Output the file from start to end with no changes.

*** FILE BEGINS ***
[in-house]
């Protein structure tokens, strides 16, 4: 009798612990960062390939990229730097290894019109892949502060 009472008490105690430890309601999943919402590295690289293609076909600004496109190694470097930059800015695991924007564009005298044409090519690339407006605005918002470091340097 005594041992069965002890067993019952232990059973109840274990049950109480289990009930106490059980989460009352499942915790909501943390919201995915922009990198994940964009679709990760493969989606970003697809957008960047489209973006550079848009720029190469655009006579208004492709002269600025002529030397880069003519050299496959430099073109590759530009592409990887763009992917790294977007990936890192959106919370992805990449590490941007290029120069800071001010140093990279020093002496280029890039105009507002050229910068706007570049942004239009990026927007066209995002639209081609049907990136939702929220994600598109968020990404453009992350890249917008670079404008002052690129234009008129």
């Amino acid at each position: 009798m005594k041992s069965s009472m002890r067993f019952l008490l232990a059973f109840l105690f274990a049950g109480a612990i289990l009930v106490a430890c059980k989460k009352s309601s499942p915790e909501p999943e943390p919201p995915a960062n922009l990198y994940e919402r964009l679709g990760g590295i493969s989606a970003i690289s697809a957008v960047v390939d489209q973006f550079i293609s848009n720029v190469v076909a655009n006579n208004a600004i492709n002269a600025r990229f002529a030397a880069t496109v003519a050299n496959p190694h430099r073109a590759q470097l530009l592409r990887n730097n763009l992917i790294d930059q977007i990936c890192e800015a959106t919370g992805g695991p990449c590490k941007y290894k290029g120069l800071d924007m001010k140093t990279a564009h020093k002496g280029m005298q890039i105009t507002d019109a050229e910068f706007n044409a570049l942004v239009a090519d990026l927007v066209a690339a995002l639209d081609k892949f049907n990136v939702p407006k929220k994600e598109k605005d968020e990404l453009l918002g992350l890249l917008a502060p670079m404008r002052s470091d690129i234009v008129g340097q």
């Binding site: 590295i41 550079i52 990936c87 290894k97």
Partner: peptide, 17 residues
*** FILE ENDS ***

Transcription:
[in-house]
């Protein structure tokens, strides 16, 4: 009798612990960062390939990229730097290894019109892949502060 009472008490105690430890309601999943919402590295690289293609076909600004496109190694470097930059800015695991924007564009005298044409090519690339407006605005918002470091340097 005594041992069965002890067993019952232990059973109840274990049950109480289990009930106490059980989460009352499942915790909501943390919201995915922009990198994940964009679709990760493969989606970003697809957008960047489209973006550079848009720029190469655009006579208004492709002269600025002529030397880069003519050299496959430099073109590759530009592409990887763009992917790294977007990936890192959106919370992805990449590490941007290029120069800071001010140093990279020093002496280029890039105009507002050229910068706007570049942004239009990026927007066209995002639209081609049907990136939702929220994600598109968020990404453009992350890249917008670079404008002052690129234009008129």
């Amino acid at each position: 009798m005594k041992s069965s009472m002890r067993f019952l008490l232990a059973f109840l105690f274990a049950g109480a612990i289990l009930v106490a430890c059980k989460k009352s309601s499942p915790e909501p999943e943390p919201p995915a960062n922009l990198y994940e919402r964009l679709g990760g590295i493969s989606a970003i690289s697809a957008v960047v390939d489209q973006f550079i293609s848009n720029v190469v076909a655009n006579n208004a600004i492709n002269a600025r990229f002529a030397a880069t496109v003519a050299n496959p190694h430099r073109a590759q470097l530009l592409r990887n730097n763009l992917i790294d930059q977007i990936c890192e800015a959106t919370g992805g695991p990449c590490k941007y290894k290029g120069l800071d924007m001010k140093t990279a564009h020093k002496g280029m005298q890039i105009t507002d019109a050229e910068f706007n044409a570049l942004v239009a090519d990026l927007v066209a690339a995002l639209d081609k892949f049907n990136v939702p407006k929220k994600e598109k605005d968020e990404l453009l918002g992350l890249l917008a502060p670079m404008r002052s470091d690129i234009v008129g340097q």
């Binding site: 590295i41 550079i52 990936c87 290894k97």
Partner: peptide, 17 residues